When its High Speed 2 (HS2) route – controversial because of budget overspends and route through sensitive landscapes – is complete in the early-2030s, England will have the world’s fastest conventional trains, operating in regular service at 225 mph, but capable of 250mph (400kph).
Now, the established high-speed heavyweights in Japan and China are looking beyond “steel-on-steel” technology to develop trains capable of up to 373mph (600kph).
The concept of superfast trains propelled along dedicated tracks using magnetic levitation (maglev) has been touted as “the future of travel” for more than 50 years, but apart from a couple of experimental lines and a Chinese route linking Shanghai city center with its airport, it has remained largely theoretical.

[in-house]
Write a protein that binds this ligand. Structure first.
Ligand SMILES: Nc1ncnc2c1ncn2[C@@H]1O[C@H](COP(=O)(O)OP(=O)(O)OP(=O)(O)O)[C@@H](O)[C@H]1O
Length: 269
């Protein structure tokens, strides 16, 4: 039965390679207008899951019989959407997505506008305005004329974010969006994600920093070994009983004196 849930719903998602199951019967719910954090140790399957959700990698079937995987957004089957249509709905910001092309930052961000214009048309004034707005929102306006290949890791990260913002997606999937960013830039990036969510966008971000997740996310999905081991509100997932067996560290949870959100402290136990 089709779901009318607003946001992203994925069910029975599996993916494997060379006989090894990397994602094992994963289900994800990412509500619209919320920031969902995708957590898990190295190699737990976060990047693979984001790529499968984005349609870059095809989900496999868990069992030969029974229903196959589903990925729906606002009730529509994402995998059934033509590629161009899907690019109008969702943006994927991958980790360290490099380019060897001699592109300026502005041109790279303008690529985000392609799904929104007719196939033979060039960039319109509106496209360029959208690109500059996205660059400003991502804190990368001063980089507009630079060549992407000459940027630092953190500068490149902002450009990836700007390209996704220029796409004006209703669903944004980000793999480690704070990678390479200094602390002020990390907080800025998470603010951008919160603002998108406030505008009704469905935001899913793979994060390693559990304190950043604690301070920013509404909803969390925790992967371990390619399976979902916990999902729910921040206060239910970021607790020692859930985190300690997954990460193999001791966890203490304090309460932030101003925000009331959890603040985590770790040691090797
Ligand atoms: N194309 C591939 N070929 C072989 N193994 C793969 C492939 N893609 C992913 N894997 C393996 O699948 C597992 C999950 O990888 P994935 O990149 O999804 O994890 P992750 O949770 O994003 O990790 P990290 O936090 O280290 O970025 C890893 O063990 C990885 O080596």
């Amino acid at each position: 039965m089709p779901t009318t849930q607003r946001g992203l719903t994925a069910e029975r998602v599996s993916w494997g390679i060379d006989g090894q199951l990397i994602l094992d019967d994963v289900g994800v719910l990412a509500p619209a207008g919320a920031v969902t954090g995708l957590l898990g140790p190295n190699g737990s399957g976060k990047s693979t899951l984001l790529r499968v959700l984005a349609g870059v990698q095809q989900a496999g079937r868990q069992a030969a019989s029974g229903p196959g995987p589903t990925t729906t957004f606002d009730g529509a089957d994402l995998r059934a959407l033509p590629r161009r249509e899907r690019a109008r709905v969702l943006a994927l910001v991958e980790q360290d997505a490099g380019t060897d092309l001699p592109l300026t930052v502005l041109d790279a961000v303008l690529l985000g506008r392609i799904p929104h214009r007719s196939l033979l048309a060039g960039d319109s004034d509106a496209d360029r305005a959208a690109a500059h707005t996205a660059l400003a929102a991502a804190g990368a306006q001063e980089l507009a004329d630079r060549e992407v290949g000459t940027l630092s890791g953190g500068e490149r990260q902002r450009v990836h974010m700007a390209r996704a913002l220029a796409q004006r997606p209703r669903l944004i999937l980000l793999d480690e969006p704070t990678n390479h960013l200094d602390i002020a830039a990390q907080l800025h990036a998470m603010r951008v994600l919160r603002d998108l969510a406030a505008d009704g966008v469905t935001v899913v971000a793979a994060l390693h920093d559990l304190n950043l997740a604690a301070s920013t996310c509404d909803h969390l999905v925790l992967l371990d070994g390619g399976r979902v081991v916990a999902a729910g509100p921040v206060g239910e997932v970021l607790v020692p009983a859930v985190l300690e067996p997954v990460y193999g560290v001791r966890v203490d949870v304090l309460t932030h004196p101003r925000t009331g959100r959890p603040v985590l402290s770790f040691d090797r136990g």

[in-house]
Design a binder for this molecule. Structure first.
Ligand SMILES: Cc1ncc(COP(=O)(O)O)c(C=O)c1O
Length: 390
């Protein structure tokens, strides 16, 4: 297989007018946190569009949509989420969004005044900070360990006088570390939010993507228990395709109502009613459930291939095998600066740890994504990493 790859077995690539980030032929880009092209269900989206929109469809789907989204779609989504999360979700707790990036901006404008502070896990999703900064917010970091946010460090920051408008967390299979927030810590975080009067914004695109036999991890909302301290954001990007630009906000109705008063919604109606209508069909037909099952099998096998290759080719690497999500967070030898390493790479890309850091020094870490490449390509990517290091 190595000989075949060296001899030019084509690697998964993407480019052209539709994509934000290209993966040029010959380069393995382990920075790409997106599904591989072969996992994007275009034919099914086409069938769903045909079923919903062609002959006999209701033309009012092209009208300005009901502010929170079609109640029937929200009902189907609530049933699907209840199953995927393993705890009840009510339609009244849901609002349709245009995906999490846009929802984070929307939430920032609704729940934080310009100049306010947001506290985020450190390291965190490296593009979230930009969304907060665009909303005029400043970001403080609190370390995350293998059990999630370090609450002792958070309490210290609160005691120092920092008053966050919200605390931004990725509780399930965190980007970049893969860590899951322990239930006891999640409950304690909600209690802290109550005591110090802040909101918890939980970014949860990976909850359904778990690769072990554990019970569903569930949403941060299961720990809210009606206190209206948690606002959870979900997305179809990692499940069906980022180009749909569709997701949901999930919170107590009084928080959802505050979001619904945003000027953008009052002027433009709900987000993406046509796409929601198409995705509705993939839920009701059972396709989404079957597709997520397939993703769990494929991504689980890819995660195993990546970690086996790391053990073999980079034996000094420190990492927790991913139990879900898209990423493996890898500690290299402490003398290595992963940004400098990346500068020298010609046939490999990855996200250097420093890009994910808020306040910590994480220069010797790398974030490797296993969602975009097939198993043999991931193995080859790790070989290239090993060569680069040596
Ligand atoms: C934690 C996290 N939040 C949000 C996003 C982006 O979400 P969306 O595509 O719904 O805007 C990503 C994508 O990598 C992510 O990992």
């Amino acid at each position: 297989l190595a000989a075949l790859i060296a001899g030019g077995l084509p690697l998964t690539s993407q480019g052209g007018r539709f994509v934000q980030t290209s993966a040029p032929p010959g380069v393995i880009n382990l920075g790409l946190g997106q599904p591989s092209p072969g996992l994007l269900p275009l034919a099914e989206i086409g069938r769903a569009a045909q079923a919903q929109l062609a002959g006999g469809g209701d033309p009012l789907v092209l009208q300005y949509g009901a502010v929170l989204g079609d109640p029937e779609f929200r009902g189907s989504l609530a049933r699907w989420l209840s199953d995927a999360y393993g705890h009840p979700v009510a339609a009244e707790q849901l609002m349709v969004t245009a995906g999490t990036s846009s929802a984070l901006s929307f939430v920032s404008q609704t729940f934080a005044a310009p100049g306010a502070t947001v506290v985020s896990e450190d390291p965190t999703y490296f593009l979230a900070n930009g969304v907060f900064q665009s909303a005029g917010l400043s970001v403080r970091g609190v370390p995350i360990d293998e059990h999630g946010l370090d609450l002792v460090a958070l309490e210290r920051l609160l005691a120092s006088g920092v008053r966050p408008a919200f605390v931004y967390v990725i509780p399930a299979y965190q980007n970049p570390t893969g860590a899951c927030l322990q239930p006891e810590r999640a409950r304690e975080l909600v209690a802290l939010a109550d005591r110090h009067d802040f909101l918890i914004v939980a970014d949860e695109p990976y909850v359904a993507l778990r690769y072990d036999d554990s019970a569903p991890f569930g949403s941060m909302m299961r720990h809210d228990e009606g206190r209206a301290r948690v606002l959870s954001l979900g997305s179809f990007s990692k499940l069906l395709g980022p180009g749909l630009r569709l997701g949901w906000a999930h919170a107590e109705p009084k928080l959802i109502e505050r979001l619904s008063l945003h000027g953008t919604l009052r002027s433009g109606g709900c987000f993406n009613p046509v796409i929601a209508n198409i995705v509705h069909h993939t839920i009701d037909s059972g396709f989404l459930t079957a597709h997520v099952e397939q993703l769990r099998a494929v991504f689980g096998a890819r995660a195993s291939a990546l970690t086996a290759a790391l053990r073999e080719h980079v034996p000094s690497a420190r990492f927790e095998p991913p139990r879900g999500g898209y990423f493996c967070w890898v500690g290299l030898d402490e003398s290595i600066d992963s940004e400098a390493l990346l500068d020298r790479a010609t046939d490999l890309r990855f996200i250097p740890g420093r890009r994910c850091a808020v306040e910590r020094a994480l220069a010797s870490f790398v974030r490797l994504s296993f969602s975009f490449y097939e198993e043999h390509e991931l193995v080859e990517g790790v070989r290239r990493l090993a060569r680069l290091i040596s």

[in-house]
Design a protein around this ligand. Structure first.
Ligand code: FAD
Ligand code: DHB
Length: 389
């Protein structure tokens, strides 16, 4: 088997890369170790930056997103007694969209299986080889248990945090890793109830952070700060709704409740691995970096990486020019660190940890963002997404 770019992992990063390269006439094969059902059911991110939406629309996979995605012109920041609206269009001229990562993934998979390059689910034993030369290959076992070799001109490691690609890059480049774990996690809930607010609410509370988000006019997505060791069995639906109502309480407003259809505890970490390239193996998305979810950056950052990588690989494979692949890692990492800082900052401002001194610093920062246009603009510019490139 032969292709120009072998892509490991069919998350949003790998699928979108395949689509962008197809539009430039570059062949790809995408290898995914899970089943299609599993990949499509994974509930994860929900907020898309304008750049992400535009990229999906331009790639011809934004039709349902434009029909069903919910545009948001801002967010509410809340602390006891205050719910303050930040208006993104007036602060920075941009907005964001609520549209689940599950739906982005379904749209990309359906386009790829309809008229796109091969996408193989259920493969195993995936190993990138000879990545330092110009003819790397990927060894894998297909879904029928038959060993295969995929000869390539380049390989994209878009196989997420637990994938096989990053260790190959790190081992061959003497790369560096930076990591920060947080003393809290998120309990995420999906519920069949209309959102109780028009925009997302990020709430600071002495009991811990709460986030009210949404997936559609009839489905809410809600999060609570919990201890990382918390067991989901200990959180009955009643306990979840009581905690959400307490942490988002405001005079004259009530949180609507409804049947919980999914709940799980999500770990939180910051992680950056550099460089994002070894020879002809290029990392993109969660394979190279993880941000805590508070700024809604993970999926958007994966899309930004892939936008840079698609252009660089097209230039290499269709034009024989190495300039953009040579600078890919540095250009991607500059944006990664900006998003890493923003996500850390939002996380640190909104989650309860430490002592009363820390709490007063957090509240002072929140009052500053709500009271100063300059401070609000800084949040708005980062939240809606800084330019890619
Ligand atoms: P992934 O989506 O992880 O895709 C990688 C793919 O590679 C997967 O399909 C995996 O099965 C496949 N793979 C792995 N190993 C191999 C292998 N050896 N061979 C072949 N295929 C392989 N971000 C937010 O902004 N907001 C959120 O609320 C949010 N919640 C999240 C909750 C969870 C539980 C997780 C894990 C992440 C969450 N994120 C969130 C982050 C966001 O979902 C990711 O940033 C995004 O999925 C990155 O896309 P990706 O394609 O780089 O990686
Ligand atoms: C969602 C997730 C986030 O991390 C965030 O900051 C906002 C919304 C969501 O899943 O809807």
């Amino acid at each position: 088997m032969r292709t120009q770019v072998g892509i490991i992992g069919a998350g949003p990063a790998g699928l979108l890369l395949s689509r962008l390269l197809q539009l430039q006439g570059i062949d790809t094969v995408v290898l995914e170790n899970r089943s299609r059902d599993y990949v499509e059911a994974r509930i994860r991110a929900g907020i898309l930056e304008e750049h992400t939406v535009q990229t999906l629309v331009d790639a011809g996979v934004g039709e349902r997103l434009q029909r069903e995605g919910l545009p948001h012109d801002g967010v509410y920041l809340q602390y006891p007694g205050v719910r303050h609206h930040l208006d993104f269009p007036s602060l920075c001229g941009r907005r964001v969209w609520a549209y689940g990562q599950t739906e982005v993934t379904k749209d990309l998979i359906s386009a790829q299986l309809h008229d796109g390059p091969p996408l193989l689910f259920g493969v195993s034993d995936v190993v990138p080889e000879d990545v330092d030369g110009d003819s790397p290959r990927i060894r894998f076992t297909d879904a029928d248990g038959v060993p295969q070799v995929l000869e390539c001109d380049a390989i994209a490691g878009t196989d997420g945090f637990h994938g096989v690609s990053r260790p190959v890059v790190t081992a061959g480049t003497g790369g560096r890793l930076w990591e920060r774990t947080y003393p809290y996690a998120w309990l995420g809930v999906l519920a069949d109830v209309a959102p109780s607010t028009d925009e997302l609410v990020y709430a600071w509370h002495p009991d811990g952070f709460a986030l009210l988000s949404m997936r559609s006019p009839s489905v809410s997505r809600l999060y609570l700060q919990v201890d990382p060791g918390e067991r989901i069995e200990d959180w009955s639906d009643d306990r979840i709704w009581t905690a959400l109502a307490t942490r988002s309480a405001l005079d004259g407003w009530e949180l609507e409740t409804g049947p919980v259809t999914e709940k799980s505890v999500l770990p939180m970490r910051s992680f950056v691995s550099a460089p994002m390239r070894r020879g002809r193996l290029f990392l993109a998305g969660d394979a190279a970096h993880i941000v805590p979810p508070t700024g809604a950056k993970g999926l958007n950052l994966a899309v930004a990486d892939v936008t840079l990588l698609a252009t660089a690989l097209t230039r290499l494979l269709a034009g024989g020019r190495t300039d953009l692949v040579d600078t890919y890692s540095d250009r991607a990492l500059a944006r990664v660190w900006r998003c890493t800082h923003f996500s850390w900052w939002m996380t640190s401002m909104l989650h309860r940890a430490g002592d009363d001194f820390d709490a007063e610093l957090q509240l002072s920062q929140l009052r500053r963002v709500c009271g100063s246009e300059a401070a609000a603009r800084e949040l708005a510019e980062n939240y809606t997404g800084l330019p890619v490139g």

Not for much longer. Japan is investing nine trillion yen ($72 billion) in the Chuo Shinkansen project; the culmination of more than 40 years of maglev development. The 178-mile line will link Tokyo and Nagoya in just 40 minutes and should eventually extend to Osaka, reducing the 311-mile journey from the capital to just 67 minutes.
Delays and enormous cost increases have led many to question to economic value of the project – factors that have not gone unnoticed elsewhere in the world.
No such difficulties are likely in China, which is also building maglev lines as an alternative to short-haul air travel and to provide lightning-fast trips across its densely populated city regions.